A sib cross is one in which siblings are crossed with each other.  Like the back cross, sib crosses are used to “fix” traits or create greater expression of a trait.  Again another form of inbreeding.



Unit found within chromosomes which are transferred from a parent to offspring. Genes are the basic unit in heredity and are expressed as traits or may be held in a recessive state (no expression), dominant (always expressed), our may combine in numerous way to create an expression. Basically, genes are the codes which determine traits (characteristics).  Simple Mendelian inheritance may be of assistance, but peonies often express many more complex genetic relationships.


genetic compatibility

Discussions of compatibility basically involves whether pollen (male cell of parent) can fertilize an ovule (female cell of a parent) to produce viable seed.

Genes, chromosomes, other structures and processes during cell formation in sexual reproduction (fertilization) may or may not be compatible.   Differences in ploidy, or numbers of chromosomes,  is often attributed to compatibility.  However, parents having the same ploidy may or may not have compatibility due to any of a number of other differences.  Peonies are highly complex in their reproductive processess, which can be quite fluid in different years, thus parental compatibility can be influenced.

Of importance may be chromosome size and gene loci (location).  Parents with variable chromosomes, but having the same number of chromosomes  may be unable to make needed pairings, thus are incompatible.


hybridizing - hybrid

Hybridizing is process which encompasses numerous disciplines in which different individuals of two different species or varieties are crossbred.  Hybridizing is usually practiced for accurate purposes through hand pollination, but hybrids may be produced through open pollination.  Typically, hybridizers systematically create purposeful crosses and are not reliant on open pollinated outcomes.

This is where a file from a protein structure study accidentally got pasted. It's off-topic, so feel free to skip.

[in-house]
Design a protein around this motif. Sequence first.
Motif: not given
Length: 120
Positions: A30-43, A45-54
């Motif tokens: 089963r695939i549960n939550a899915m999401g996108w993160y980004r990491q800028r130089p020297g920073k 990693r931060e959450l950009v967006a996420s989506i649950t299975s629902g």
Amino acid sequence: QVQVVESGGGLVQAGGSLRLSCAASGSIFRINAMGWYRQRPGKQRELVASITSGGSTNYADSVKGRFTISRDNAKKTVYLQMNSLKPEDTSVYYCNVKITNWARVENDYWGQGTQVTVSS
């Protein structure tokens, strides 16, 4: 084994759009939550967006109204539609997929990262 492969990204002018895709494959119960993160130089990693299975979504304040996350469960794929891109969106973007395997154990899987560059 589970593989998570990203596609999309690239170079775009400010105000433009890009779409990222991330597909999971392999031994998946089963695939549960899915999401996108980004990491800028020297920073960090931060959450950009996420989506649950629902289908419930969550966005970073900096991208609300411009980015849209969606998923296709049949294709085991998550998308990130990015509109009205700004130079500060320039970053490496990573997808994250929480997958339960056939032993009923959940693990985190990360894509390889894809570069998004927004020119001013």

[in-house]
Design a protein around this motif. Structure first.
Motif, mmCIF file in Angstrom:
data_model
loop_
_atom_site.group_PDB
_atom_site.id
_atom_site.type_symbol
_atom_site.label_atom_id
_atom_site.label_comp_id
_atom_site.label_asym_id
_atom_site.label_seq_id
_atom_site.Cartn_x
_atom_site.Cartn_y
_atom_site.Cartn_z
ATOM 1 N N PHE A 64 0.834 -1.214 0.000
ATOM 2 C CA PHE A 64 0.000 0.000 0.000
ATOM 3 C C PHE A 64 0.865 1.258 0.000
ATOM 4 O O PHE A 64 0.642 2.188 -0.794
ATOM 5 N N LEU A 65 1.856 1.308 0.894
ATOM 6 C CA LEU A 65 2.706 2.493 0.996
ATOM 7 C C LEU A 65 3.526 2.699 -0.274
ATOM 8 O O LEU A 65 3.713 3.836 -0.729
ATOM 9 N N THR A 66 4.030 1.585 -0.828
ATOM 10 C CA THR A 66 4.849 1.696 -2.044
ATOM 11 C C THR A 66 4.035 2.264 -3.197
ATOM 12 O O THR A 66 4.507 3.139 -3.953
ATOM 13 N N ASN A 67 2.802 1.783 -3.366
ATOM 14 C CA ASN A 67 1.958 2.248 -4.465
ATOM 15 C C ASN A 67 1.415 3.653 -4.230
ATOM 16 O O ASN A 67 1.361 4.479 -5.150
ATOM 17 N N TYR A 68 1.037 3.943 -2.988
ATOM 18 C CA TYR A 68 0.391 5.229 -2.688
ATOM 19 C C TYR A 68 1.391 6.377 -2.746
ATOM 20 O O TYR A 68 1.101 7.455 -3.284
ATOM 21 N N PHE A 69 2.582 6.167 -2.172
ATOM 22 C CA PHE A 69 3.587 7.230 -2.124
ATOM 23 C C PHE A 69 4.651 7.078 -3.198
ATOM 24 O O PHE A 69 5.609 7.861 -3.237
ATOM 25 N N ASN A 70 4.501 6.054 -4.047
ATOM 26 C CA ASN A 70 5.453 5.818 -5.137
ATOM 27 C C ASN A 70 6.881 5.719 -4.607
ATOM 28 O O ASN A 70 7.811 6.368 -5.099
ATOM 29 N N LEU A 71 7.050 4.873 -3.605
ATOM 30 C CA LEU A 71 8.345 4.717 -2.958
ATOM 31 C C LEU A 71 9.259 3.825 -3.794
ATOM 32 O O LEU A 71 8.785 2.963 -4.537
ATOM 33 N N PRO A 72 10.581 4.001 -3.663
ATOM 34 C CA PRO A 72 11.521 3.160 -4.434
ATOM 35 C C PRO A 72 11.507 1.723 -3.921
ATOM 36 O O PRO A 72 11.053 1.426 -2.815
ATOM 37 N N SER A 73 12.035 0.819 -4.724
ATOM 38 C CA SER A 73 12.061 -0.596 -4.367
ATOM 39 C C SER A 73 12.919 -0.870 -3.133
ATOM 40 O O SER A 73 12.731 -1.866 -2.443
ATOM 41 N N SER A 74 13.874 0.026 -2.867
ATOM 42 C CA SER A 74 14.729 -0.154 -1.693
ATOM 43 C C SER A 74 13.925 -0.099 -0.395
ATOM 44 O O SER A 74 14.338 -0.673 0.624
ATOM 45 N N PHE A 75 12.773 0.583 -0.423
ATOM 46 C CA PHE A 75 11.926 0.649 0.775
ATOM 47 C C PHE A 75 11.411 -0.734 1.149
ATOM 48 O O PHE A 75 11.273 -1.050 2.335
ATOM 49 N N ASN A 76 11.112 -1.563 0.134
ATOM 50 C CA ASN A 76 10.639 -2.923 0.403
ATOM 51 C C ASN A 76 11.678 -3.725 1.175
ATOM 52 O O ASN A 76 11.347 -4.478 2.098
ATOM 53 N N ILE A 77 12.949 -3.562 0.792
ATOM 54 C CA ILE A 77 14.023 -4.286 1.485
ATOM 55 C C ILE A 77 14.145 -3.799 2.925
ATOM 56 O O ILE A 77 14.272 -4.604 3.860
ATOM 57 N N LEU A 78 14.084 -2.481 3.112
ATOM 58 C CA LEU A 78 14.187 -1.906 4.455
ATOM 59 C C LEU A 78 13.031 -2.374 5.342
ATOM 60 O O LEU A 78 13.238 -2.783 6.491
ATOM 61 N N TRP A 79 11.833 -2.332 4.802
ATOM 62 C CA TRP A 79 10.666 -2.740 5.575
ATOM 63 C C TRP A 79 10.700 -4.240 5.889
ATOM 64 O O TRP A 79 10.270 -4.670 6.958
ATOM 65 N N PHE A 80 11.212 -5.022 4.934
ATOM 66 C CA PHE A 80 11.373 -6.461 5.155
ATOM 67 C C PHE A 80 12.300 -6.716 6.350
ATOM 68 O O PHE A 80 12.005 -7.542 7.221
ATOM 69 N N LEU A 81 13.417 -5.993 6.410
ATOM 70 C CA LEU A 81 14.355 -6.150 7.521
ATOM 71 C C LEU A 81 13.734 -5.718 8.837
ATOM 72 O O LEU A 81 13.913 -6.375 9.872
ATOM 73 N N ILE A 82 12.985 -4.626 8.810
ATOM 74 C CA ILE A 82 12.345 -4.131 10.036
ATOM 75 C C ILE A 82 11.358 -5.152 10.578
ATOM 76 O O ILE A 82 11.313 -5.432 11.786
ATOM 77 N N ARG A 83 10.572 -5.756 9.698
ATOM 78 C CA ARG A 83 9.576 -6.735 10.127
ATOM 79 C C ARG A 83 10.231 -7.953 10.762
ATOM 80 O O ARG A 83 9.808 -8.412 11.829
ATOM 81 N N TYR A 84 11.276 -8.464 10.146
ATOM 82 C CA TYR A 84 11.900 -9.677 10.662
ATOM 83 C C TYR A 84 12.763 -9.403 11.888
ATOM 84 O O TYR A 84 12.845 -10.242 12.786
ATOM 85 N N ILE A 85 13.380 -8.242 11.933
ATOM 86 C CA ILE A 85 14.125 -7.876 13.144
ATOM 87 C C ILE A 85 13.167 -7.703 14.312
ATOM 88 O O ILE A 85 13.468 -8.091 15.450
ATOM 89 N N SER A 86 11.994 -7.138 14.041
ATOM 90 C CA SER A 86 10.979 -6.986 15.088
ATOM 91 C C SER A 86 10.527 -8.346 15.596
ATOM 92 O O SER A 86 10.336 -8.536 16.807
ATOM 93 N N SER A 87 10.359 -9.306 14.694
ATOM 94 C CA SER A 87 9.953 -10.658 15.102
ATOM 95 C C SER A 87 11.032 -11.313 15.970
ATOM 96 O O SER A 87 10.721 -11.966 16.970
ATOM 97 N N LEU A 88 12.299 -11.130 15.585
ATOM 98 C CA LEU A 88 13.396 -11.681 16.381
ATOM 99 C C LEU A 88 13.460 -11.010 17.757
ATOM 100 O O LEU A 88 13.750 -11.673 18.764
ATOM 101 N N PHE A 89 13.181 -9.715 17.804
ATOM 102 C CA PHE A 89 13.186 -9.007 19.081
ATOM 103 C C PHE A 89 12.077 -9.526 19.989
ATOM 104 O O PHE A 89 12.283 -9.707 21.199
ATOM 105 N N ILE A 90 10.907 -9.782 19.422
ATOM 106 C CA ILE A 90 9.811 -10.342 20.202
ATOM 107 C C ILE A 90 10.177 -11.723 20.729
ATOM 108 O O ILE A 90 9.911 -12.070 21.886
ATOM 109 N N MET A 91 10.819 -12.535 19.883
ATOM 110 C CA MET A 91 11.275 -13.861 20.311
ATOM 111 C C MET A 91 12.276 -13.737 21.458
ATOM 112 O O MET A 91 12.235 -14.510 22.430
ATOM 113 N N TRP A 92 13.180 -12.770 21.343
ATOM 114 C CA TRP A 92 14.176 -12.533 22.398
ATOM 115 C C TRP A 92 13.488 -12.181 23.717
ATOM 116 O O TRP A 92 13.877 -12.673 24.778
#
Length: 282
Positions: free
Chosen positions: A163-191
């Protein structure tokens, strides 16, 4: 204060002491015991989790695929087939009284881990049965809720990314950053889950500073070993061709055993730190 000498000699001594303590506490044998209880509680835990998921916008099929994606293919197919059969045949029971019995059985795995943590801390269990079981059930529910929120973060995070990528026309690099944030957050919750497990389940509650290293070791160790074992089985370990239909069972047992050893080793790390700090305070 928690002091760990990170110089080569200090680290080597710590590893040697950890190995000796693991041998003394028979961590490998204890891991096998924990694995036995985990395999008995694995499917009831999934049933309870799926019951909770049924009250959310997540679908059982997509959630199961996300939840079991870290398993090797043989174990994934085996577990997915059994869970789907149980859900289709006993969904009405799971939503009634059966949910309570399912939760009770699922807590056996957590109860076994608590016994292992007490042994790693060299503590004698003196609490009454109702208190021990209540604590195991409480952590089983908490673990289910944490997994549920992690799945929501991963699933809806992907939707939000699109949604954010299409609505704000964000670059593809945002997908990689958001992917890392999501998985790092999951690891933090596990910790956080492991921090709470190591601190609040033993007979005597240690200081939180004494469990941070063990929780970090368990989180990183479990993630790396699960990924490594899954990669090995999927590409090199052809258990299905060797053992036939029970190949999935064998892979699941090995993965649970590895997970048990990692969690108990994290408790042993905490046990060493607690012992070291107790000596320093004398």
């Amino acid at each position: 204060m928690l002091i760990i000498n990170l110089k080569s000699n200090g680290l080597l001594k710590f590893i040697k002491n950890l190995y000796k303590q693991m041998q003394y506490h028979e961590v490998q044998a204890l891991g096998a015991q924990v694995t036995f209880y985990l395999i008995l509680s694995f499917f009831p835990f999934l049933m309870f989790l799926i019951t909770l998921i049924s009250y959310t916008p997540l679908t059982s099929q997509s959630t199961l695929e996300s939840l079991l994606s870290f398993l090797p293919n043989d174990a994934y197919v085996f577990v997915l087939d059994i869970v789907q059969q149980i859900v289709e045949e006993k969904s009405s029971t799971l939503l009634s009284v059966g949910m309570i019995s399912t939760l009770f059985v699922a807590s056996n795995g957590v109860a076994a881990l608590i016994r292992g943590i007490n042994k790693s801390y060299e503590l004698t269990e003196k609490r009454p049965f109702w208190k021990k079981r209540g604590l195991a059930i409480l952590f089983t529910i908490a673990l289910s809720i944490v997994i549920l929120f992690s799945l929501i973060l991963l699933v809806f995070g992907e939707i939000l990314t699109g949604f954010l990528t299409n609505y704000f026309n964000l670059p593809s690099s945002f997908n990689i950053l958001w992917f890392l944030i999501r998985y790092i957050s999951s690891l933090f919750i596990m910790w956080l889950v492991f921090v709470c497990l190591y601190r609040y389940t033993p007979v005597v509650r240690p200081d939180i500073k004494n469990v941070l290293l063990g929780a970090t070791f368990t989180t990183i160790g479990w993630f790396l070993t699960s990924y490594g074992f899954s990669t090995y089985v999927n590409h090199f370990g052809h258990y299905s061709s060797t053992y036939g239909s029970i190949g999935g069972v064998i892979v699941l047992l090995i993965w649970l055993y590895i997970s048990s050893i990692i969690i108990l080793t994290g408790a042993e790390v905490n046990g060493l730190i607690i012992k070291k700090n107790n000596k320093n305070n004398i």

Some definitions of “hybrid” recognize that two different species are to be involved in a cross to make a hybrid; while others subscribe to the idea that hybrids may come from the same species with parents having different traits.

incomplete seed

Numerous peony cultivars produce incomplete seed, which may appear to be viable.  These seeds often are missing the endosperm, embryo or have defects which prevent successful germination.  Seeds may appear to have dents and creases, and quickly shrivel when dried a day or two.  These seeds are not viable.  Some cultivars produce oversized ova which encase themselves in a seed coat and are confused for viable seed.

Lutea hybrids, intersectional hybrids (Itoh group) and herbaceous hybrids are the most likely to produce incomplete seed, but species will also exhibit this behavior.



A type of cell division found in sexually reproducing organisms.  The process of meiosis begins with a normal diploid (or other chromosome configuration) cell and through division, daughter cells of haploid configuration are produced.  A haploid cell, known as a gamete (sex cell), contains half the complement of chromosomes of a diploid cell.  In peonies these cells are commonly called “pollen” and “ovule”.  This is important for the fact that each haploid cell can combine with one of the opposite sex to create a completely new combination due to shuffling of chromosomes during mieosis.  Production of a germ cell (beginning of a seed) through meiosis returns the ploidy to what was started with in its most basic form.  Meiosis Chart (simplified).



Age of Gold and Ice Age

The changing of the structure of a gene, resulting in variation of expression in traits.  Mutation can occur naturally or through man made actions.  Mutation may impact traits in many ways, some are detrimental, others may enhance a plant’s appearance, growth, etc…  Mutations are most noticeable in flower color and form, but other traits are commonly altered, going unnoticed by the casual observer.  Certain groups of peonies such as lutea and intersectional hybrids have noticeably more mutations, which is likely due to their divergent genetic backgrounds which are not completely compatible.  At right is the lutea hybrid cultivar ‘Copper King’, showing a mutation to the right.

A fairly high percentage of mutation or unpleasing gene expression is being seen in intersectional hybrids.  These hybrids have lutea hybrids as parents (in most instances) which may be responsible for the greater incidence.  Unfortunately, many of these mutated plants/flowers have less appealing traits.